Making technology relevant: Interventions for transforming Indian agriculture sector
Today, the adoption and use of technology throughout the agriculture supply chain is crucial. Three broad targets – productivity, profitability and predictability or the 3Ps – need to be achieved through technological intervention.
As the world is grappling with the Covid-19 pandemic and the ensuing restrictions on the scope of physical economic activities, technology is being leveraged to make various ends meet. However, while both manufacturing and services sectors are fast adapting to technology and reaping its benefits, the story of the agriculture sector is slightly different.
India’s agriculture sector suffers from several paradoxes. While the sector provides employment to nearly half of the country’s workforce, it has the least contribution to India’s gross value added. India is one of the largest producers of various food grains in the world, yet the per capita calorie intake in both urban and rural areas is less than the average calorie requirement. Furthermore, food grains are rotting in warehouses. Thus, there is an obvious disconnect between the demand and supply centres, which can be bridged by harnessing technology.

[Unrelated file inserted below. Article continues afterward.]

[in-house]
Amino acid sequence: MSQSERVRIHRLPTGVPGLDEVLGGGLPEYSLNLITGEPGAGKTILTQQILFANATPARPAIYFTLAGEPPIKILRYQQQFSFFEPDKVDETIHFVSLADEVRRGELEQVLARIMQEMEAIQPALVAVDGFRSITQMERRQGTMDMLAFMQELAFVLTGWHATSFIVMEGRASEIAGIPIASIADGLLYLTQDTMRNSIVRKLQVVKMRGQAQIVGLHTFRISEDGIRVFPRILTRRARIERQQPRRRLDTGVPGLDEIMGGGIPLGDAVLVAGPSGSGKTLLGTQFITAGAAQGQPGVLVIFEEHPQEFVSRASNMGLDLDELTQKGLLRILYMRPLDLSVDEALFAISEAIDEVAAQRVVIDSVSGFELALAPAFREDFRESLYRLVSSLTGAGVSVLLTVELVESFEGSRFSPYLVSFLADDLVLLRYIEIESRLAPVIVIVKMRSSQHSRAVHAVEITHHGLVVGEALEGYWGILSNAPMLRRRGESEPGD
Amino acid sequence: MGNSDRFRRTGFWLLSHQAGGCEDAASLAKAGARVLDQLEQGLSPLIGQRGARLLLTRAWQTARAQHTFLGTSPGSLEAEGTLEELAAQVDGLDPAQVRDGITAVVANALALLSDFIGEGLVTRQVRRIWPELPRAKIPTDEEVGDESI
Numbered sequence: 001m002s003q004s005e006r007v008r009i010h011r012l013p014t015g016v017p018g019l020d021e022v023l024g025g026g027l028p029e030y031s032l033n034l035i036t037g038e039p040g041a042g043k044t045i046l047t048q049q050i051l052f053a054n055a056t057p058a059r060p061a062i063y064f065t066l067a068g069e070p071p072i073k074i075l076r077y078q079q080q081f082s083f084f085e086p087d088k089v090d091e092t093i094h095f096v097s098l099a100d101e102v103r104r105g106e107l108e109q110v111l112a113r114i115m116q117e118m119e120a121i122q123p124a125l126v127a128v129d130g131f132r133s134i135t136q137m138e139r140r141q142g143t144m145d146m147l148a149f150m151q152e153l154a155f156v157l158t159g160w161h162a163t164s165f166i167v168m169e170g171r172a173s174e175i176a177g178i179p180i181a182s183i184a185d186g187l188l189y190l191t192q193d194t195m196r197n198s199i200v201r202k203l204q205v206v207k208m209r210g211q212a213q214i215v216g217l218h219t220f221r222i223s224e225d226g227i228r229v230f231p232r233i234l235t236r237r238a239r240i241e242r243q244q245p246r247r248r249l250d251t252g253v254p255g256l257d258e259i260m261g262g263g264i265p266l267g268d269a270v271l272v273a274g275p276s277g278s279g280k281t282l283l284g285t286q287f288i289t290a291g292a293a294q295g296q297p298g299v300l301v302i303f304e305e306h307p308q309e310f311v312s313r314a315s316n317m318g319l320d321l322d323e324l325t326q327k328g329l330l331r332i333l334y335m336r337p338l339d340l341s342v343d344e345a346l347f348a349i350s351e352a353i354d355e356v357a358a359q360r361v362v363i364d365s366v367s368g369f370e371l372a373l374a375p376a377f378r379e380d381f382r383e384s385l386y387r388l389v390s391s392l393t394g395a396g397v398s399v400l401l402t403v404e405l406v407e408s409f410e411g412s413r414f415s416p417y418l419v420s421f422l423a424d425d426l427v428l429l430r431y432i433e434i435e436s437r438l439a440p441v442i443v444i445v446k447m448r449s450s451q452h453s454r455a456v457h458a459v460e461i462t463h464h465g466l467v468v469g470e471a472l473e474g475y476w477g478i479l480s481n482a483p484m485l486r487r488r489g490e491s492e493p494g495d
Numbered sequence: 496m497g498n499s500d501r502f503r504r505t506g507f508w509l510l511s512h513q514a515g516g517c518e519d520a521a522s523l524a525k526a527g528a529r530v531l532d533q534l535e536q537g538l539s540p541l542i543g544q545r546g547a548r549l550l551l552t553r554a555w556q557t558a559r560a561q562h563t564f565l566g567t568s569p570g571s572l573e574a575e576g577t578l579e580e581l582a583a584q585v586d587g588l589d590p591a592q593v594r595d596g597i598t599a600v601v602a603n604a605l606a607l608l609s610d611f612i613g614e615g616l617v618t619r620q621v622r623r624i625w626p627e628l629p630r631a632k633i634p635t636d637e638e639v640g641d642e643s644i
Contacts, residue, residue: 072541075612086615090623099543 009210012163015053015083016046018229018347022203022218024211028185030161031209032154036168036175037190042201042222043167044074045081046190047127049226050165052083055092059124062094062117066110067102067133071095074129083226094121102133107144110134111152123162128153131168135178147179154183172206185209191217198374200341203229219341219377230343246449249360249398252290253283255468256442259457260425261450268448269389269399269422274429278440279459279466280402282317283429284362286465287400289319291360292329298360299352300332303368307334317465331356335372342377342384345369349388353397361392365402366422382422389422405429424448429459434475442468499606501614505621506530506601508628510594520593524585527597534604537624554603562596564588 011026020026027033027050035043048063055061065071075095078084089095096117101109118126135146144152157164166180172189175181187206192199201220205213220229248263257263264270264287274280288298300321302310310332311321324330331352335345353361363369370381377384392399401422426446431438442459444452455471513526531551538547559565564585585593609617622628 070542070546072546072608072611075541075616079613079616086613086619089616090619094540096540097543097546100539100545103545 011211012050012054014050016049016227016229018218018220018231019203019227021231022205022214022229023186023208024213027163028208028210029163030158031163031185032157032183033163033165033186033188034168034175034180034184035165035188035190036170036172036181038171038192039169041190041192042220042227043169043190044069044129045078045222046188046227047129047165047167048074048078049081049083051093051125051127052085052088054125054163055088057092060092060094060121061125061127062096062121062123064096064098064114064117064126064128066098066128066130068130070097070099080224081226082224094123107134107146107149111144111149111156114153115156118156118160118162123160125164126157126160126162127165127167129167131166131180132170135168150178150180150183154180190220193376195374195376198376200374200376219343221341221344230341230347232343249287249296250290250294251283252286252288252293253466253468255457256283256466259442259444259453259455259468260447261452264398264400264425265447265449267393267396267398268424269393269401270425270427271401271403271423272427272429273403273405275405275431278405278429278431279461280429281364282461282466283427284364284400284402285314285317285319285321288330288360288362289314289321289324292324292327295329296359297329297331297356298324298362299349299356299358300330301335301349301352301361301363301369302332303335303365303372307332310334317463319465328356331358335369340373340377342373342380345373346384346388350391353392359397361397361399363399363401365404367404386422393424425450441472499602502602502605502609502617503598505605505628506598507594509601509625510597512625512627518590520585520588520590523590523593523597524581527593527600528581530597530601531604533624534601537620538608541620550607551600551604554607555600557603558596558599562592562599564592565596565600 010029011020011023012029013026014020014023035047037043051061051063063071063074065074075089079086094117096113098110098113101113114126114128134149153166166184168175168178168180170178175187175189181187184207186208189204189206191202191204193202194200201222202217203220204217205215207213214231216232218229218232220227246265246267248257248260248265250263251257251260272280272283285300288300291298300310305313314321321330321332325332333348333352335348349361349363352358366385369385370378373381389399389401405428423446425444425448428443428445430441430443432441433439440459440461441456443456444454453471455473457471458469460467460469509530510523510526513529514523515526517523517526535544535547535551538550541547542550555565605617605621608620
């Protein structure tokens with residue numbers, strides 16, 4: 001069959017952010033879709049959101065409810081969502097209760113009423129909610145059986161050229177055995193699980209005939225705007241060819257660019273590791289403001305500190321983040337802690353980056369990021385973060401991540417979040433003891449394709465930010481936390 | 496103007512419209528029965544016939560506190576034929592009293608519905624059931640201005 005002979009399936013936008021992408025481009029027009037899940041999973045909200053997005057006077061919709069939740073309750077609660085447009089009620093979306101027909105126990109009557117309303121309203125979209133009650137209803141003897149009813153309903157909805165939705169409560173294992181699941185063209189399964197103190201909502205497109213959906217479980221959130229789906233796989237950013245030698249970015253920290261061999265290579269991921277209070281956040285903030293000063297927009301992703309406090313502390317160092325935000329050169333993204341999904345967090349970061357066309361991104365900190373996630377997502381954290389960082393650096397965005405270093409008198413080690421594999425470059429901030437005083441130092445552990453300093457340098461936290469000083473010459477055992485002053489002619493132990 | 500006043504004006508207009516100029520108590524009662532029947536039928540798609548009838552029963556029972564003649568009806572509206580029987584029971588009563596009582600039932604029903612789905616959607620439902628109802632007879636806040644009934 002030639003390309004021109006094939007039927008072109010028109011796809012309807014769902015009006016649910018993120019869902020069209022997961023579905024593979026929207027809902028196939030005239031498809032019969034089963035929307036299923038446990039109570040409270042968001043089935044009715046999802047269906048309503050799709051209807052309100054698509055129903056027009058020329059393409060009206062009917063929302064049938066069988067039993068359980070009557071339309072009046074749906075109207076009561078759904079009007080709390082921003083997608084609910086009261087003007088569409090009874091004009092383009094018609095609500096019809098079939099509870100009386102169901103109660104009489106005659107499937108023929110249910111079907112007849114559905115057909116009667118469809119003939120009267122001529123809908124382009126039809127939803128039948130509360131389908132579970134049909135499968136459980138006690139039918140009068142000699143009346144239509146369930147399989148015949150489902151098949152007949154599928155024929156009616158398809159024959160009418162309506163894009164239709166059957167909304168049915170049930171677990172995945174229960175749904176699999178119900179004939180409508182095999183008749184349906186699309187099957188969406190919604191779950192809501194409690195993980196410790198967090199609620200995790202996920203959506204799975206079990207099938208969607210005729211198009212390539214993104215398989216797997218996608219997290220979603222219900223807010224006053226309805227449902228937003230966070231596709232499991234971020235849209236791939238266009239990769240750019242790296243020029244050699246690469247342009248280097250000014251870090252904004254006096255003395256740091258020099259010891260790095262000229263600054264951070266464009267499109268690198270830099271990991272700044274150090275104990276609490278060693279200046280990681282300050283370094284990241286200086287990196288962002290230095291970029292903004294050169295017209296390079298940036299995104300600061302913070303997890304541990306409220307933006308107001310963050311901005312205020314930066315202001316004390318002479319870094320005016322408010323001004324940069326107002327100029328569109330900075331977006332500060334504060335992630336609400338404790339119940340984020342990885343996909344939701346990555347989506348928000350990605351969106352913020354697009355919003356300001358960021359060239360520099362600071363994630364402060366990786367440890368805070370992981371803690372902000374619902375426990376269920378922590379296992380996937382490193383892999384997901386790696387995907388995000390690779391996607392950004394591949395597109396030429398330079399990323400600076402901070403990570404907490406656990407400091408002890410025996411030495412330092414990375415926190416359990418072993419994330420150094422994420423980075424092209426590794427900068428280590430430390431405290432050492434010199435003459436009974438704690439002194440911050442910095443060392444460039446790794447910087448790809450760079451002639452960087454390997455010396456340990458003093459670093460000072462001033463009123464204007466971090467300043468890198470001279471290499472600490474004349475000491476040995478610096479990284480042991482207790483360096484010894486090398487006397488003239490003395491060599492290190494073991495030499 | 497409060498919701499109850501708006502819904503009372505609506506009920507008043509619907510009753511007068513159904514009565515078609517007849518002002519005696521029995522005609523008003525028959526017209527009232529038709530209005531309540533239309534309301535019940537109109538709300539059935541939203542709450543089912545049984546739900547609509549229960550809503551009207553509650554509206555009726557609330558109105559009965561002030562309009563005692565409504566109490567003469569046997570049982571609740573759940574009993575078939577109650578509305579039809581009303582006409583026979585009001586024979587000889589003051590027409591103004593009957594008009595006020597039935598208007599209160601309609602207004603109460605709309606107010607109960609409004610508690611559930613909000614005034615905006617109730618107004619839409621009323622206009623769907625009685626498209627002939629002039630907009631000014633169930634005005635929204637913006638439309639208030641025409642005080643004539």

Today, the adoption and use of technology throughout the agriculture supply chain is crucial. The following paragraphs discuss three broad targets – the 3Ps – that need to be achieved through technological intervention.
Admittedly, although there has been a slight increase in food grain production over the last 2-3 years, the decadal data exhibits a cyclical trend with occasional troughs of poor harvest. Moreover, an increase in production may result in improving the stock of food grains, but not necessarily generate higher income for the farmer. The latter issue may be addressed by enhancing the 3Ps: productivity, profitability, and predictability.
High production may not always imply efficiency in farming methods, which is often measured by productivity. Incidentally, according to a report by NITI Aayog, while India is the second-largest producer of rice (after China), the yield per hectare (kg/hectare) is much lower than that in the rest of the subcontinent.
Technology must play a multi-layer role in productivity enhancement in the following ways:
- R&D on developing sustainable, better yielding seeds and agri-inputs
- Ongoing research on region-specific crop and cropping pattern diversification and farming practices (including resource management)
- information dissemination to farmers
- real-time handholding in adoption
Both the government and the private sector are shouldering the responsibility of R&D by adequately leveraging technology. Mobile- and TV-based technology platforms aimed at information dissemination are also mushrooming in various parts of the country. However, technology is yet to play a key role in providing adoption assistance to farmers, which is the most crucial link in the chain.